A young woman at my work said she’s holding a breakfast for her friends on election Saturday morning – and afterwards she’s frog-marching them down to the polling booth to make sure they vote – because a bunch of them have been sounding pretty apathetic about it and she’s sure that they wouldn’t vote unless someone pushes them. She doesn’t care who they vote for, just cares whether they vote or not.

    Ben, if you have an email list for them, you could point out to your student friends that they can vote now, already, they don’t have to wait until election Saturday.

    As for why their lives would be improved by swapping National for Labour.. if they’re students and want better housing, voting Labour (or anything leftish) will be a vote for a rental Warrant of Fitness. But you could also point out that it’s not actually all about them: we don’t just vote for what we want for ourselves, we vote for what we want for our friends and families and society in general too. I already own a house, but that doesn’t mean I don’t care whether or not buying a house is affordable for other people.

    Wellington • Since Nov 2006 • 585 posts Report Reply

  • BenWilson,

    And reductio ad absurdum is the best coup de grace to that modus operandi. But aegrescit medendo, and optimi natatores saepius submerguntur. So pax melior est quam iustissimum bellum.

    Auckland • Since Nov 2006 • 10650 posts Report Reply

  • BenWilson, in reply to Lucy Telfar Barnard,

    But you could also point out that it’s not actually all about them

    I could hardly think of a better way to alienate them than to say that, which comes across as a put-down. But don't worry, I'll find a more diplomatic way to say something along those lines.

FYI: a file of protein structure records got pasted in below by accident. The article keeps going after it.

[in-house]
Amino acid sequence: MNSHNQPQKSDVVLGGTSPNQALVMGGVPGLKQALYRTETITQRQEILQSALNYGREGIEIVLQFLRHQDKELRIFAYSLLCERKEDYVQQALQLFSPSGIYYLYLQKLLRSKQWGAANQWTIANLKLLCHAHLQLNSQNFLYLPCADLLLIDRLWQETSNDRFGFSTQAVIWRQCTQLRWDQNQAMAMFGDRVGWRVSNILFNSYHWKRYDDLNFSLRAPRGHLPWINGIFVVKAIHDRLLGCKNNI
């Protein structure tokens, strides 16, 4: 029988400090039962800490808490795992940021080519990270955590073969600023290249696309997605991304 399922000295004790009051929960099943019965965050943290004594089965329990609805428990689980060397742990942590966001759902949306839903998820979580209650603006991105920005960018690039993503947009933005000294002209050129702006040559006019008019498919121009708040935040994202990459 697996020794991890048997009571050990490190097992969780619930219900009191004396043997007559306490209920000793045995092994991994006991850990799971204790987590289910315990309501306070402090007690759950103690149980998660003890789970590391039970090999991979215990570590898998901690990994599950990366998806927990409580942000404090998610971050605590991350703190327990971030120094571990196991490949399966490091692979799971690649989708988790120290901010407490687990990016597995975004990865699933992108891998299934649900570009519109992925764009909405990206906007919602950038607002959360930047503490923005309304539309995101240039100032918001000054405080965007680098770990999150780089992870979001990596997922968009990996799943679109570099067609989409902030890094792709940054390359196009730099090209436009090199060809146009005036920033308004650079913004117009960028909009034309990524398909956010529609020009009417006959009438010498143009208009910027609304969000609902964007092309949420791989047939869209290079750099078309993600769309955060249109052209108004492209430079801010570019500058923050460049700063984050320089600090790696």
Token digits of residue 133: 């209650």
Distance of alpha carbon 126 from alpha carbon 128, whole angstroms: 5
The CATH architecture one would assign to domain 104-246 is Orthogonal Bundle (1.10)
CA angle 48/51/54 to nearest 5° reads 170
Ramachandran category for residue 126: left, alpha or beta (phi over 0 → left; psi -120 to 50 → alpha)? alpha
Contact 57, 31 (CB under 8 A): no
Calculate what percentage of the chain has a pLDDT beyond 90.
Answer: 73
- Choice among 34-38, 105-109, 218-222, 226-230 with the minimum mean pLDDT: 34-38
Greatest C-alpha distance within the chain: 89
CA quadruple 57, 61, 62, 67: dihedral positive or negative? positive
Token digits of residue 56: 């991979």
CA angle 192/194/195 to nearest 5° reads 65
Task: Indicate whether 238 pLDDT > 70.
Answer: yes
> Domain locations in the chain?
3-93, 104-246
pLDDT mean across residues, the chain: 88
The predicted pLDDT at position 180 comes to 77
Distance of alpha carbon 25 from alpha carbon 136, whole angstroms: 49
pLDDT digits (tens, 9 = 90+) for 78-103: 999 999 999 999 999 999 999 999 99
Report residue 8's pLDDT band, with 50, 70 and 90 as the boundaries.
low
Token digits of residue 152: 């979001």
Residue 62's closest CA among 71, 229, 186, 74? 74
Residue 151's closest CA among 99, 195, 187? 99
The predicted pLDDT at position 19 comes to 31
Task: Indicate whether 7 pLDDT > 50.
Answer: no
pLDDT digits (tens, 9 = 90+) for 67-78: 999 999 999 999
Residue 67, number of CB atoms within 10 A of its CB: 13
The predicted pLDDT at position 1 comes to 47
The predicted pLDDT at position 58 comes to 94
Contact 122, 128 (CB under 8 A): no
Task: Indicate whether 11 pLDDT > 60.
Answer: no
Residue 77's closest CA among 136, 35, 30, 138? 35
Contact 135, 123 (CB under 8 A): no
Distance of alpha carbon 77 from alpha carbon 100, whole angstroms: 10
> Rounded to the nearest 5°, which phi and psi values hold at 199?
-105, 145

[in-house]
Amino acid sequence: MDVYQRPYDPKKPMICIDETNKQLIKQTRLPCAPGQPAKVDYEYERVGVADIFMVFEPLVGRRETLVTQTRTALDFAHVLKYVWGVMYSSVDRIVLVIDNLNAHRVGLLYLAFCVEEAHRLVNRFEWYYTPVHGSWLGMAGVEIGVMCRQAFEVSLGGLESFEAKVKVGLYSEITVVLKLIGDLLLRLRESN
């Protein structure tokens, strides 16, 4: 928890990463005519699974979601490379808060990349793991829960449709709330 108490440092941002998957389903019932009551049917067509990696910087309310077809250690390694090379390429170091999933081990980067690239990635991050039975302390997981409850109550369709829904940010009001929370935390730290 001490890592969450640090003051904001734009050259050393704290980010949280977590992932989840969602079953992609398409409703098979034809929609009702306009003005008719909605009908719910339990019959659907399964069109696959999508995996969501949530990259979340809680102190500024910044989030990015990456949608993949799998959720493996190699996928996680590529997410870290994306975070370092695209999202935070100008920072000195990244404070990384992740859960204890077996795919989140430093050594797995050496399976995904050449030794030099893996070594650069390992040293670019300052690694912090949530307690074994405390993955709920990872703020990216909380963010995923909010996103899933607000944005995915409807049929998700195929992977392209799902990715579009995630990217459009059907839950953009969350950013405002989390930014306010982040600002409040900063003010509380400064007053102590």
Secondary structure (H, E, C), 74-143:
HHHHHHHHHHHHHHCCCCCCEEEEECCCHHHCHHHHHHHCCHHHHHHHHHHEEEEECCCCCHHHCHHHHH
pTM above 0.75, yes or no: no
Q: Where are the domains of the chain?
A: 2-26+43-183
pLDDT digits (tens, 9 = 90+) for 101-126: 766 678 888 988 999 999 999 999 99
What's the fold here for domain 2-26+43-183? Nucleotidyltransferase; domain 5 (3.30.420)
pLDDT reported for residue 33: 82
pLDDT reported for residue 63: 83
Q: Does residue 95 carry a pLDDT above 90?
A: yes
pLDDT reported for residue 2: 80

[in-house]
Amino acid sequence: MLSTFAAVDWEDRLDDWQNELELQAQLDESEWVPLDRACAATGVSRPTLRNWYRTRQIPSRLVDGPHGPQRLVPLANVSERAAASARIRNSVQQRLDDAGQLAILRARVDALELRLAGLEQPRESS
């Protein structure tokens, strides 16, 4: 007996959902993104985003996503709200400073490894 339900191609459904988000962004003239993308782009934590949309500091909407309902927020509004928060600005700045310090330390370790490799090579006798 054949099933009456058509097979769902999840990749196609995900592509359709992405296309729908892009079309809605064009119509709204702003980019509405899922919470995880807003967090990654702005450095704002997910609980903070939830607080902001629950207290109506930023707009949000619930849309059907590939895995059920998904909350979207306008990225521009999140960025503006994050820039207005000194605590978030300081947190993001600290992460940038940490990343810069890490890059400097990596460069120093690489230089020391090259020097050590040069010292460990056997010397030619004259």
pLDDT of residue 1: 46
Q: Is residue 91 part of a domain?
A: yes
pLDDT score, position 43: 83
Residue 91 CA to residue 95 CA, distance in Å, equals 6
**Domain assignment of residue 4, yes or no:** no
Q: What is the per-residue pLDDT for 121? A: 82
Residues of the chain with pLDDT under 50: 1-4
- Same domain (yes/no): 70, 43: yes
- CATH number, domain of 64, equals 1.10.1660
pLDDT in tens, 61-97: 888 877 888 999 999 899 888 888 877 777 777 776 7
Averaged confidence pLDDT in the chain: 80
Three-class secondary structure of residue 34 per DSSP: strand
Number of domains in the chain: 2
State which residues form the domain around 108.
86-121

Auckland • Since Nov 2006 • 10650 posts Report Reply

  • Kumara Republic, in reply to Hilary Stace,

    It will probably take a bit longer for many of the population to ‘hear’ the message of just how dirty was the two pronged policy of attack politics run out of the PM’s office. Attack through blogs and friends in the media those who are a challenge, while leaving the man at the top untouched.

    There were a little over 2 years between the Watergate break-ins and the resignation of Tricky Dick, and all sorts of denials, cover-ups and obstructions of justice in between. How much faster would the Internet make things happen?

    The southernmost capital … • Since Nov 2006 • 5429 posts Report Reply

  • Lucy Telfar Barnard, in reply to BenWilson,

    Yes, good. And it doesn't come across as a put-down, it is a put-down. So I'm glad you'll find a more diplomatic way of saying it! Like "Fair enough, there's nothing in it for you - but might there be anything in there for your mum/brother/grandparents/other relative they like..."?

    Wellington • Since Nov 2006 • 585 posts Report Reply